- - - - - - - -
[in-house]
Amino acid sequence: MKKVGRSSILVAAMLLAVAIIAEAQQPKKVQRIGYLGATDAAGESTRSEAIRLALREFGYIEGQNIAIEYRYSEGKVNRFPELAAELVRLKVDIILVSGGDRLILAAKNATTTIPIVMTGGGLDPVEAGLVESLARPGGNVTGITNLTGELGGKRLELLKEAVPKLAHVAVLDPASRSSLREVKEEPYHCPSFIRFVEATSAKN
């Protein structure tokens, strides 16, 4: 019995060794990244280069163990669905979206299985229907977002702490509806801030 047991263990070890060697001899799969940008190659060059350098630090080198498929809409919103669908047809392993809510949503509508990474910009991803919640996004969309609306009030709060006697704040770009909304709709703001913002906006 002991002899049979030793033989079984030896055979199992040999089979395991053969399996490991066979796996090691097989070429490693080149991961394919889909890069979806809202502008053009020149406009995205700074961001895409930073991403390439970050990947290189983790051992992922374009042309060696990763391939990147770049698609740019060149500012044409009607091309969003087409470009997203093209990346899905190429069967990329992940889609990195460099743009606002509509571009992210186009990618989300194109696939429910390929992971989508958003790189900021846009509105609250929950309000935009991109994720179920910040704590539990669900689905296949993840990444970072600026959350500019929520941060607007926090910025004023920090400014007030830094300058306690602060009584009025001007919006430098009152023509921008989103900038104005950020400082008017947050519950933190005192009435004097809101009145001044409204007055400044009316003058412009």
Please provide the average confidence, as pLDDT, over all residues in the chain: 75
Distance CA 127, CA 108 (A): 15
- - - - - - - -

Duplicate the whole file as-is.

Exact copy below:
[in-house]
Amino acid sequence: MKKVGRSSILVAAMLLAVAIIAEAQQPKKVQRIGYLGATDAAGESTRSEAIRLALREFGYIEGQNIAIEYRYSEGKVNRFPELAAELVRLKVDIILVSGGDRLILAAKNATTTIPIVMTGGGLDPVEAGLVESLARPGGNVTGITNLTGELGGKRLELLKEAVPKLAHVAVLDPASRSSLREVKEEPYHCPSFIRFVEATSAKN
């Protein structure tokens, strides 16, 4: 019995060794990244280069163990669905979206299985229907977002702490509806801030 047991263990070890060697001899799969940008190659060059350098630090080198498929809409919103669908047809392993809510949503509508990474910009991803919640996004969309609306009030709060006697704040770009909304709709703001913002906006 002991002899049979030793033989079984030896055979199992040999089979395991053969399996490991066979796996090691097989070429490693080149991961394919889909890069979806809202502008053009020149406009995205700074961001895409930073991403390439970050990947290189983790051992992922374009042309060696990763391939990147770049698609740019060149500012044409009607091309969003087409470009997203093209990346899905190429069967990329992940889609990195460099743009606002509509571009992210186009990618989300194109696939429910390929992971989508958003790189900021846009509105609250929950309000935009991109994720179920910040704590539990669900689905296949993840990444970072600026959350500019929520941060607007926090910025004023920090400014007030830094300058306690602060009584009025001007919006430098009152023509921008989103900038104005950020400082008017947050519950933190005192009435004097809101009145001044409204007055400044009316003058412009």
Please provide the average confidence, as pLDDT, over all residues in the chain: 75
Distance CA 127, CA 108 (A): 15